Cross-National Data

Data Archive > International Surveys and Data > Cross-National Data

Sort By: [Title] [Date Collected] [Date Added]


Cross-National Socio-Economic and Religion Data, 2005

This file assembles data from the United Nations Human Development Reports (HDR) and the Central Intelligence Agency (CIA) World Factbook. It includes data on economic, social and demographic variables for 316 countries, nations and regions around the world. This is an attempt to draw together numerous variables employed in cross-national research.

Cross-National Socio-Economic and Religion Data, 2011

This file assembles data from the 2010 United Nations Human Development Report (HDR), the 2011 edition of the Central Intelligence Agency's (CIA) World Factbook and ARDA researchers' coding of the 2008 US Department of State International Religious Freedom (IRF) report. It includes data on economic, social and demographic variables for 252 countries and nations around the world. This is an attempt to draw together numerous variables employed in cross-national research.

Data from the ARDA National Profiles, 2005 Update: Religion Indexes, Adherents and Other Data

This file assembles data from multiple sources, but many of the measures are from the ARDAís coding of the 2003 US State Departmentís International Religious Freedom Reports. This coding produced data on 195 different countries and territories (see Grim and Finke 2006 for a list of countries coded), but excluded the United States. Additional data on religious regulation and favoritism in the smaller countries not covered by the State Department Reports were provided by researchers at the World Christian Database. In addition, this project assembled (with permission) other cross-national measures of interest to researchers on religion, economics, and politics. They include adherent information from the World Christian Database, scales from Freedom House and the Heritage Foundation, and various socio-economic measures from the United Nations. Measures for religious persecution (AESTIMA) and ethnic identity (DETHNIC) were added to this file in August 2007.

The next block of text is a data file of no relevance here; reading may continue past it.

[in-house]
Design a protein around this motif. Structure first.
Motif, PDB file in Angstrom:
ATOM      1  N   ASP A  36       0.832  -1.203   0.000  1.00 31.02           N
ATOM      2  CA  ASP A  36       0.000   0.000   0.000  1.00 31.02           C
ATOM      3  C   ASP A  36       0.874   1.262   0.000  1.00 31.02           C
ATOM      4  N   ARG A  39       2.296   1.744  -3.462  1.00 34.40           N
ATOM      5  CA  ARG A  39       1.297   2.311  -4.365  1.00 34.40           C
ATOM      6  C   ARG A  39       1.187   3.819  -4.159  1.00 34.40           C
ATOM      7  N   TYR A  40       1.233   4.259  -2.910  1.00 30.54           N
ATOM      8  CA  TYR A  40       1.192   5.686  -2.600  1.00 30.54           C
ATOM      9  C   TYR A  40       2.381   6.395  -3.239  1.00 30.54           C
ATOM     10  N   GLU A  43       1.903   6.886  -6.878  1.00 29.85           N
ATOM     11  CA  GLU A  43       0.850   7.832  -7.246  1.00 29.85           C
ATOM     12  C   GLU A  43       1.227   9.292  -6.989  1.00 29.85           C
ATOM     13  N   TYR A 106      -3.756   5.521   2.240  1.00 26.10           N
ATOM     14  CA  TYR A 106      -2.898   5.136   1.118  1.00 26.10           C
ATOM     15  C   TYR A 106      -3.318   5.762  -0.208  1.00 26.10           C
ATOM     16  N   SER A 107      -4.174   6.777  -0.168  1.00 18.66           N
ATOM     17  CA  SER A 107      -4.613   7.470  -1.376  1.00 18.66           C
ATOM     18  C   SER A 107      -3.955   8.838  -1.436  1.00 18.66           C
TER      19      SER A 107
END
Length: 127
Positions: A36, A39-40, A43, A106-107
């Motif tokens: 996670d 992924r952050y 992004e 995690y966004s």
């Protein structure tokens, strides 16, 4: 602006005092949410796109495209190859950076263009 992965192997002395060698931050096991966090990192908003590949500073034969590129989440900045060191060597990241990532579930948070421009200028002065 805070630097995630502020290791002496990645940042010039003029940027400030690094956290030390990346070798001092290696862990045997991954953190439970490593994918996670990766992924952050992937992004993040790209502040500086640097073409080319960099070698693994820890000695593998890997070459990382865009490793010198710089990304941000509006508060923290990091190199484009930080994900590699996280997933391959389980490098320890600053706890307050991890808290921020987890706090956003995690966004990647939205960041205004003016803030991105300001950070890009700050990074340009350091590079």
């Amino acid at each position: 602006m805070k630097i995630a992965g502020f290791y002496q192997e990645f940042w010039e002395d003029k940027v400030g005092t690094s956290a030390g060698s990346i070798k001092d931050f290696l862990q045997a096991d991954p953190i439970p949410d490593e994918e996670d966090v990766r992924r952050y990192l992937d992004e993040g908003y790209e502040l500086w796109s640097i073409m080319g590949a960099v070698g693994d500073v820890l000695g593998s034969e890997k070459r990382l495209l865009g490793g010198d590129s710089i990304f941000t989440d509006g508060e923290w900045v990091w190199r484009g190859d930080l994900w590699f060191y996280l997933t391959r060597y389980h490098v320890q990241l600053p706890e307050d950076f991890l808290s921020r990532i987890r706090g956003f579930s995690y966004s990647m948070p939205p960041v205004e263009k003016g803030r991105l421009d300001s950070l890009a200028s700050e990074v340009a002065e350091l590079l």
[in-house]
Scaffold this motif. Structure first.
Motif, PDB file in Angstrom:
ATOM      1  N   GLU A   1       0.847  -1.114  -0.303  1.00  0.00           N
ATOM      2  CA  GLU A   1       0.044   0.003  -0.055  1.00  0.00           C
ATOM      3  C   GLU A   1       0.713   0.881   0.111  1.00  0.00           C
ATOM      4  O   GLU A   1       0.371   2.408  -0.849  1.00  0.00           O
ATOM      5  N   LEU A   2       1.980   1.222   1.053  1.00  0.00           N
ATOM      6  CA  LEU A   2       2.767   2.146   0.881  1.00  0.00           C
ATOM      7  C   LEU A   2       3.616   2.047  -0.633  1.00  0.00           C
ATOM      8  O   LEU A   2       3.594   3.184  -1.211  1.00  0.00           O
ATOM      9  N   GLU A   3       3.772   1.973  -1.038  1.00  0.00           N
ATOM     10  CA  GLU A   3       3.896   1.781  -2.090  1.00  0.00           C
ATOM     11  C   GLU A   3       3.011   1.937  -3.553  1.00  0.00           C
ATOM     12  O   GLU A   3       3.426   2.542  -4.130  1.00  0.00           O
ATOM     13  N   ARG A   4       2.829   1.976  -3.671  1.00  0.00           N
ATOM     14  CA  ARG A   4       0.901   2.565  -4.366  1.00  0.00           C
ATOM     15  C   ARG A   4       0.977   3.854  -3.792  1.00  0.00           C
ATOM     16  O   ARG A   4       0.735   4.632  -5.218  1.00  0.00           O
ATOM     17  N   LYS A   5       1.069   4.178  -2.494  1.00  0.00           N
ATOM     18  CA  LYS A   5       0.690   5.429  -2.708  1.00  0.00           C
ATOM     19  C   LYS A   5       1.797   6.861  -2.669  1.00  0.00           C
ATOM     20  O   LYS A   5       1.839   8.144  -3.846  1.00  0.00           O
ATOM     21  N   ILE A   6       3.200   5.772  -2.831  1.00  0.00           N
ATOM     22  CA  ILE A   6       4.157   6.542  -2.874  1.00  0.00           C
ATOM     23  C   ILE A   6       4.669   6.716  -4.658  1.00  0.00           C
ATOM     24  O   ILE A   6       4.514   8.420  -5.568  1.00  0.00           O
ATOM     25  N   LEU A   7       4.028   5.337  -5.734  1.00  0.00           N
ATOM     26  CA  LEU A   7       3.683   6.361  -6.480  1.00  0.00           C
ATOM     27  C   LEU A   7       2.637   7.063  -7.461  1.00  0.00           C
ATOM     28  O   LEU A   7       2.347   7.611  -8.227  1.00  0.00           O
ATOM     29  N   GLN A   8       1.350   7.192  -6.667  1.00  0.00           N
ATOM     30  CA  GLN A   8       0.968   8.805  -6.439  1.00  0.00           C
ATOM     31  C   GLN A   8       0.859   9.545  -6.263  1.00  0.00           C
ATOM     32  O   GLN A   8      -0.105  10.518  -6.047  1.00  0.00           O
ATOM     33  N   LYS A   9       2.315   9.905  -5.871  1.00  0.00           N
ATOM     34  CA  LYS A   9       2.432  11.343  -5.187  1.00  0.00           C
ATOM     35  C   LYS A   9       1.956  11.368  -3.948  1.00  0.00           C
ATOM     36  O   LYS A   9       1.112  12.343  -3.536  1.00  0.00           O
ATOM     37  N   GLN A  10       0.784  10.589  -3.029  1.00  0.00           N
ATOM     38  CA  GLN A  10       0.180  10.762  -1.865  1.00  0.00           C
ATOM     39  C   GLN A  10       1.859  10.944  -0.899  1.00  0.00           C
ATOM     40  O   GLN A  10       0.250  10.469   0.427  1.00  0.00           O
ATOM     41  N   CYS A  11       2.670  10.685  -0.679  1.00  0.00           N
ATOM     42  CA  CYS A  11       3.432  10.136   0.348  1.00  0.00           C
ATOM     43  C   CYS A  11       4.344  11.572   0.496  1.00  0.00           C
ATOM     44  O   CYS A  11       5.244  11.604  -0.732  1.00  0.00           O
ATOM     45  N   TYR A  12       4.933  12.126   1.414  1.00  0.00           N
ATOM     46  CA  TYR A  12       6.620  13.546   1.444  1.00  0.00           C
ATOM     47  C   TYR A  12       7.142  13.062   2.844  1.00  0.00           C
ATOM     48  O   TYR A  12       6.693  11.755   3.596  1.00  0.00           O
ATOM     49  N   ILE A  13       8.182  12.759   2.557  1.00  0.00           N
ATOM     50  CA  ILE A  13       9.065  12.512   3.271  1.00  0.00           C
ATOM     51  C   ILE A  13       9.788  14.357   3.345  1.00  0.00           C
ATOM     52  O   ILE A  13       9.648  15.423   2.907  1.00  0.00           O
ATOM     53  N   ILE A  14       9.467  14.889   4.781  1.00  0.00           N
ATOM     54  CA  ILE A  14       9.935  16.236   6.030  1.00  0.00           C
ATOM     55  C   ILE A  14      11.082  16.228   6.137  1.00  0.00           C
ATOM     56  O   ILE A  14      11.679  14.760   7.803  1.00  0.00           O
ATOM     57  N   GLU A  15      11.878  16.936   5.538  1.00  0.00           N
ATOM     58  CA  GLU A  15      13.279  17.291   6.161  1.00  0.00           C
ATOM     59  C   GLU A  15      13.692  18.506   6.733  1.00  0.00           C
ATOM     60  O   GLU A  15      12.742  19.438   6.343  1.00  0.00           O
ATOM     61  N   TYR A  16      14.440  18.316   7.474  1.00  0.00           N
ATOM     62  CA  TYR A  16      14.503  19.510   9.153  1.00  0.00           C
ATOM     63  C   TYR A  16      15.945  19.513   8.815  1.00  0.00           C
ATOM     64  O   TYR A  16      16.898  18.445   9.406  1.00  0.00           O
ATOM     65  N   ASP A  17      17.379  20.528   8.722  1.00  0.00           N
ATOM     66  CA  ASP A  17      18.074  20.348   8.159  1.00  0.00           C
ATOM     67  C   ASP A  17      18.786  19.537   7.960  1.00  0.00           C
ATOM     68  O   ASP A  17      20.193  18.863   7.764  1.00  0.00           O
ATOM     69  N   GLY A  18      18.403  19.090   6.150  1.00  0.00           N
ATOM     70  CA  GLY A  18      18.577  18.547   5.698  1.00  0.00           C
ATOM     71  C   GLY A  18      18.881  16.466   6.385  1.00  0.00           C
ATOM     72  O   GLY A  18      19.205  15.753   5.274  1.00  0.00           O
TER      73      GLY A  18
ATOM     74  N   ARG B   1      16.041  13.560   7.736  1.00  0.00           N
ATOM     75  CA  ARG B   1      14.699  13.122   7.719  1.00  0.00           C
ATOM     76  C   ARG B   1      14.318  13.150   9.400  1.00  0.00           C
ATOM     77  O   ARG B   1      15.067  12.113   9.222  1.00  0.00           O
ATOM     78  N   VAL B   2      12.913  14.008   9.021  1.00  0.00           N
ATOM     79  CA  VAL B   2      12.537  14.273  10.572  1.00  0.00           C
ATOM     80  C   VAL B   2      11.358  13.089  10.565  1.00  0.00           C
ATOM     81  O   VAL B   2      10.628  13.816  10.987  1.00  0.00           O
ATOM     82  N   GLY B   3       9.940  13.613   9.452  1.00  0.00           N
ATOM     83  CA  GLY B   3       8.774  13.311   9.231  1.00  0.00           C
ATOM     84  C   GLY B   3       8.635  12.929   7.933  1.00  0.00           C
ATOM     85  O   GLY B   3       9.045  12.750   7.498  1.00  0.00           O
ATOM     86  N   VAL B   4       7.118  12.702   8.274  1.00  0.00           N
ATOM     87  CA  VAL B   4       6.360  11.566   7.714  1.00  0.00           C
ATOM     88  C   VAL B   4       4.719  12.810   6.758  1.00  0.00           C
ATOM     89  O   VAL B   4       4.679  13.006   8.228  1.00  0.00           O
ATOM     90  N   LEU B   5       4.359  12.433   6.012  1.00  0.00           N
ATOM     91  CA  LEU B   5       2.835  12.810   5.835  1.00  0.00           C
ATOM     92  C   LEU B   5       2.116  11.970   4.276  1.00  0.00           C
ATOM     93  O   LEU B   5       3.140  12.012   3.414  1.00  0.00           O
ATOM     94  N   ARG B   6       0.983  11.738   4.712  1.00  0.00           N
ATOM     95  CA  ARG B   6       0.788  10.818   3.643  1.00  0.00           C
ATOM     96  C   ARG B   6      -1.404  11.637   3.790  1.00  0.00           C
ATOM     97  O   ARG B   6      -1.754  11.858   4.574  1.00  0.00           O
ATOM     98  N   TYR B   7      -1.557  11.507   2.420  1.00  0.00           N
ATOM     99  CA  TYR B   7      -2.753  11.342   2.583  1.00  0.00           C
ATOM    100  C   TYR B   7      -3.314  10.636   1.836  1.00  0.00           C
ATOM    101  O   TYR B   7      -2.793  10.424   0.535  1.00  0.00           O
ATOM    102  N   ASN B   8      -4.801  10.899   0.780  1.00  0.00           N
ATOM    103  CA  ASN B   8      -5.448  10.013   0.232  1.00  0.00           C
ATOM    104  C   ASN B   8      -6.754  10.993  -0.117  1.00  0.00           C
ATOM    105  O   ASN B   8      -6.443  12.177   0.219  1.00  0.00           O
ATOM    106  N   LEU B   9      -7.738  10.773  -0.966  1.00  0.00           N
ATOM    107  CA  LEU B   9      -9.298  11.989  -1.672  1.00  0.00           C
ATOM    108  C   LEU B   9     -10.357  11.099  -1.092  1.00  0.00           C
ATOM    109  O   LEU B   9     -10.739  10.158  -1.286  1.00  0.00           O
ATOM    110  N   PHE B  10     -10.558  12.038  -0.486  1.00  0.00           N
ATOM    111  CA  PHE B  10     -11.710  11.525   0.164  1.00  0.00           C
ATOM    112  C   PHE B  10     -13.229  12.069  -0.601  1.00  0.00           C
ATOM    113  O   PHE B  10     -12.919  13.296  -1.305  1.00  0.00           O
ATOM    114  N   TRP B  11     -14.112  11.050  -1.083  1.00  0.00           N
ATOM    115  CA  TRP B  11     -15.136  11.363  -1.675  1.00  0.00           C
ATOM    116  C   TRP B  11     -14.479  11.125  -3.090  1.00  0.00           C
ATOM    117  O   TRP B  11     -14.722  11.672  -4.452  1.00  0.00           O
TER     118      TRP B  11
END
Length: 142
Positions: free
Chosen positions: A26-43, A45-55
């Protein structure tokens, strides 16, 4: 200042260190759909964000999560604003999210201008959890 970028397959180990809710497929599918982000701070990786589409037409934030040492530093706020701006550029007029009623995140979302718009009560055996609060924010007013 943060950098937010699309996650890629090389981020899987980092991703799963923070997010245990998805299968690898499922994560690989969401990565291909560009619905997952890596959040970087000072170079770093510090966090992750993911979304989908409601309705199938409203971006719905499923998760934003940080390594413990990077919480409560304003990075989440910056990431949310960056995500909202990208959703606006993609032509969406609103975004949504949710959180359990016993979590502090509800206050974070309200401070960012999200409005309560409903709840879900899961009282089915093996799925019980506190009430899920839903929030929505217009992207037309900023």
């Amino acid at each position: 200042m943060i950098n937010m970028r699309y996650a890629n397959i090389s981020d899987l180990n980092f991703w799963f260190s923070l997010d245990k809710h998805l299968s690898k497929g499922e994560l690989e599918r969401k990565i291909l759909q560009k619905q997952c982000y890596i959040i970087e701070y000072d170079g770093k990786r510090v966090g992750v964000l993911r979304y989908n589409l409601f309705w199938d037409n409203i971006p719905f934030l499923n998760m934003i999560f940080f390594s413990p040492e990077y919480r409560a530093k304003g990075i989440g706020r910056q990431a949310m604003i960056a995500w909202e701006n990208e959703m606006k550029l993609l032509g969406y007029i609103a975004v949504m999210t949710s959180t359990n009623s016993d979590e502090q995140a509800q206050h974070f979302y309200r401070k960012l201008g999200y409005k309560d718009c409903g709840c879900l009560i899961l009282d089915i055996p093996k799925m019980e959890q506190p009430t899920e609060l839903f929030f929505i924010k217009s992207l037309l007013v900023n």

(Note: This dataset was previously available for download under the title "Cross-National Data: Religion Indexes, Religious Adherents, and Other Data.")

Data from the ARDA National Profiles, 2011 Update: Religion Indexes, Adherents and Other Data

This file assembles data from multiple sources on 250 countries and territories, and also aggregates this data globally and by 22 world regions. The file presents most of the data available on the ARDA National Profiles as of August 2011 in a single downloadable dataset. Many of the measures are from the ARDAís coding of the 2008 US State Departmentís International Religious Freedom (IRF) Reports. This coding produced data on 198 different countries and territories (see the Summary file for the International Religious Freedom Data, 2008 for a list of countries coded, available for download from the ARDA), but excluded the United States. In addition, this project assembled (with permission) other cross-national measures of interest to researchers on religion, economics, and politics. They include adherent information from the World Christian Database, scales from Freedom House, the Religion and State Project, the Polity IV Project, the Heritage Foundation, the Correlates of War Project, and the CIRI Human Rights Data Project, and various socio-economic measures from the United Nations and the CIA's World Factbook. The source of each variable in this dataset is acknowledged in the variable's description, except in the case of those variables generated by ARDA researchers' coding of the Department of State's IRF Reports.